Yi Xing Ph.D.

XingY
Associate Professor
Internal Medicine
Research area(s): 
Genomics and Bioinformatics of Gene Regulation; Genome Evolution; Microarray Analysis
(319) 356-1768
3294
CBRB
Lab phone: 
(319) 384-3175
3287
CBRB
Research: 

Current Research Topics:
Our laboratory uses genomic, computational and molecular approaches to study gene expression and RNA processing in mammalian genomes. We develop computational and statistical tools for exon-level analysis of mammalian transcriptomes using high-density exon microarray and ultra-deep RNA-sequencing data. We conduct computational and experimental research to elucidate the molecular mechanism and regulatory impact of evolutionary changes in gene expression and RNA processing. We are also studying the role of alternative splicing and microRNAs in human diseases. 

 (1) Pre-mRNA splicing and alternative splicing 
Alternative splicing is a major source of transcript and protein diversity in higher eukaryotes. During the splicing of precursor mRNAs, alternative choices of exons and splice sites can produce different mRNA and protein isoforms from a single gene. In the last decade, genomic data indicate that pre-mRNA alternative splicing is widespread in human and many other genomes. This has fascinating implications for the understanding of gene regulation and many human diseases. We develop bioinformatic tools to discover novel alternative splicing events from sequence and microarray data. We use these data to study pre-mRNA alternative splicing at functional, regulatory and evolutionary levels. We are also interested in the discovery and characterization of disease mutations that disrupt pre-mRNA splicing. .

 (2) Bioinformatic tool for exon-level analysis of mammalian transcriptomes. 
For a long time, studies of alternative splicing were limited by the lack of high-throughput tools for global profiling of alternatively spliced transcripts. This situation is changing with the development of new transcriptome profiling technologies for splicing analysis. For example, RNA-seq (based on Illumina Solexa sequencing) is emerging as a powerful technology for exon-level expression analysis. By mapping millions of RNA-seq reads to individual transcripts and exons, one can estimate the overall abundance of the mRNA transcripts as well as the splicing levels of individual exons. My laboratory is currently developing computational tools for global analysis of splicing using public and in-house RNA-seq data. We are also developing statistical tools for a next-generation exon array, which has a much higher probe density per exon and also includes multiple probes for splice junctions.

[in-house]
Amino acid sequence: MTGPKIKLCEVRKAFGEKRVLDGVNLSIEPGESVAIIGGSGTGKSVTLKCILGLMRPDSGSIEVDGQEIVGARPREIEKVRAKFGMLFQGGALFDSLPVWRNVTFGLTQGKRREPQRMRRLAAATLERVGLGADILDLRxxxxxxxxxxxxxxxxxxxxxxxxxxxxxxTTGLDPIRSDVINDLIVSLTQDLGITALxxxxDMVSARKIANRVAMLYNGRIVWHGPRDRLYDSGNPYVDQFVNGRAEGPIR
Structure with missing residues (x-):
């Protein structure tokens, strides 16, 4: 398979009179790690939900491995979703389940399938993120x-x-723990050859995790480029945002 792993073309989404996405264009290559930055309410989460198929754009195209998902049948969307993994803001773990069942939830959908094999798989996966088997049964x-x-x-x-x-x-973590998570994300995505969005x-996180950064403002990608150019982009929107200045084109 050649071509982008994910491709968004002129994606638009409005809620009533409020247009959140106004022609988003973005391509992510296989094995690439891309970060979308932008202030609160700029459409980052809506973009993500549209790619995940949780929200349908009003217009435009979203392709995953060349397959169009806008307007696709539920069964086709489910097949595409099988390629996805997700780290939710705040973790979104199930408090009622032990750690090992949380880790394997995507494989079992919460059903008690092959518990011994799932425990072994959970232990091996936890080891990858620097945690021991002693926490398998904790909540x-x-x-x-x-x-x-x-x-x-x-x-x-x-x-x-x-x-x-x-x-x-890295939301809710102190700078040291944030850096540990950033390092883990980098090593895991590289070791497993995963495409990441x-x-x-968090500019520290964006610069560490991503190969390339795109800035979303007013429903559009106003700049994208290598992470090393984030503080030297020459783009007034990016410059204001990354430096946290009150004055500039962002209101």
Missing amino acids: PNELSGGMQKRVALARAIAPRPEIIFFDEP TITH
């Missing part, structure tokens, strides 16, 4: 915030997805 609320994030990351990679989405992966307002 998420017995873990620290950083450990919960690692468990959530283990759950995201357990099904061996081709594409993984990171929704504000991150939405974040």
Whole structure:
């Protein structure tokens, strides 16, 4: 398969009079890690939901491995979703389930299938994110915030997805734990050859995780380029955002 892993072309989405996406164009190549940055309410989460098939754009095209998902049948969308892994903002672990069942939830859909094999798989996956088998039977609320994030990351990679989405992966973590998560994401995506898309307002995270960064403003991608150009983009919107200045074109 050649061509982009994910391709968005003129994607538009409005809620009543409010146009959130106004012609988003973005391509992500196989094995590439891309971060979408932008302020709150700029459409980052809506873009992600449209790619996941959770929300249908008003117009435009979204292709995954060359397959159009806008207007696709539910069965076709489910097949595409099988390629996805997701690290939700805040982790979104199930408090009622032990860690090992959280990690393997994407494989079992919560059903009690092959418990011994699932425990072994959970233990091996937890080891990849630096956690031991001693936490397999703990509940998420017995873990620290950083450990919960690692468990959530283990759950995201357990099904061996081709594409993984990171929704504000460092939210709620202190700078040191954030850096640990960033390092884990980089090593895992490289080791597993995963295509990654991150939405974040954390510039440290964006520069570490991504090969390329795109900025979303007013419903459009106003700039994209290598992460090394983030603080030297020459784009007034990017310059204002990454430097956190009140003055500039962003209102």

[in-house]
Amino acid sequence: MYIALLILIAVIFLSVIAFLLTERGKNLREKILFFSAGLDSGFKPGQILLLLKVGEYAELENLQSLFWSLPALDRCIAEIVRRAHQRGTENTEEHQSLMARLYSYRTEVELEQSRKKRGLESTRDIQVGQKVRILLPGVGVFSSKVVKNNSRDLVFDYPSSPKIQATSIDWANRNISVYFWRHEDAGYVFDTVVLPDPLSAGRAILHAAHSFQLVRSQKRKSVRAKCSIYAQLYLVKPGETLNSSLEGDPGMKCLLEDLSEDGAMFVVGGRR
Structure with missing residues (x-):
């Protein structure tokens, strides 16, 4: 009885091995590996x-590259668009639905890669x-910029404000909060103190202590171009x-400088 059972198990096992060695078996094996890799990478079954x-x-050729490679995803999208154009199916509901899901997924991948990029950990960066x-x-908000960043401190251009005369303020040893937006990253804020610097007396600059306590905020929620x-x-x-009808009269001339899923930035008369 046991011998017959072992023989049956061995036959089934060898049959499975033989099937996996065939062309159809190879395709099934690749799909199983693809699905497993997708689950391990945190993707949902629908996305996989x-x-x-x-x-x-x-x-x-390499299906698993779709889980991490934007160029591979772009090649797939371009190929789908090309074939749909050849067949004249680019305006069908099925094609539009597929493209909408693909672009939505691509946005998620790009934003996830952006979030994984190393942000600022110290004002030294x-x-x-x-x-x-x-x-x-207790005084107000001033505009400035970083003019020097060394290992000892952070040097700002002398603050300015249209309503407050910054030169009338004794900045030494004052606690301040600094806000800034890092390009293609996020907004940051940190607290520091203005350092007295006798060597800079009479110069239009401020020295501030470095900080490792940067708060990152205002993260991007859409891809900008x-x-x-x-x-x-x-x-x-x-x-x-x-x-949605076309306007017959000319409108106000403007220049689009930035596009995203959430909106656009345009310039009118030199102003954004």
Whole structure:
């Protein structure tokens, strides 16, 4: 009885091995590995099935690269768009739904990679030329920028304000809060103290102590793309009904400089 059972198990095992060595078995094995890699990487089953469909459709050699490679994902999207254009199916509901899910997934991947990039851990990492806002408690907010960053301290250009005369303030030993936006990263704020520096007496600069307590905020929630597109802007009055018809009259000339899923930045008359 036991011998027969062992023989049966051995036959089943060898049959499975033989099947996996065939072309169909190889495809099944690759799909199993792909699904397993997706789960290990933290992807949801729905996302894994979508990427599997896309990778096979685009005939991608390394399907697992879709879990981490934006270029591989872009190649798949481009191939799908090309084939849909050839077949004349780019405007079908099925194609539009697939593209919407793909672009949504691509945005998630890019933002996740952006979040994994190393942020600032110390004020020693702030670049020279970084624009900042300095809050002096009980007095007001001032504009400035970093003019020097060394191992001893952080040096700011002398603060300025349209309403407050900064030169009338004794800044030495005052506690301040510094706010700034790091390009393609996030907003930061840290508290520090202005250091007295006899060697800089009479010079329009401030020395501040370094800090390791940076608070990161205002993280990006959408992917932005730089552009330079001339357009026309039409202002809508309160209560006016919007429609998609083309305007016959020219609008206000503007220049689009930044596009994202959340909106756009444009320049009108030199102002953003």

(3) Comparative genomics 
Our laboratory has a broad interest in comparative and evolutionary genomics. We study genome evolution using combined genomic, bioinformatic and experimental approaches. We are particularly interested in the evolutionary origin and regulatory impact of species-specific coding and non-coding RNA sequences.

 

(4) Disease-specific perturbation of splicing regulation
Aberrant alternative splicing is a major cause of human diseases. Defects in global regulators of alternative splicing have been implicated in cancers and a variety of genetic disorders. We are developing methods to construct global splicing regulatory networks from heterogeneous genome, transcriptome and protein-RNA interaction data. In collaboration with clinical colleagues, we are combining genomic, computational and experimental tools to delineate disease-specific perturbation of splicing regulatory networks. Currently, we focus on neurological diseases, muscular dystrophy and birth defects.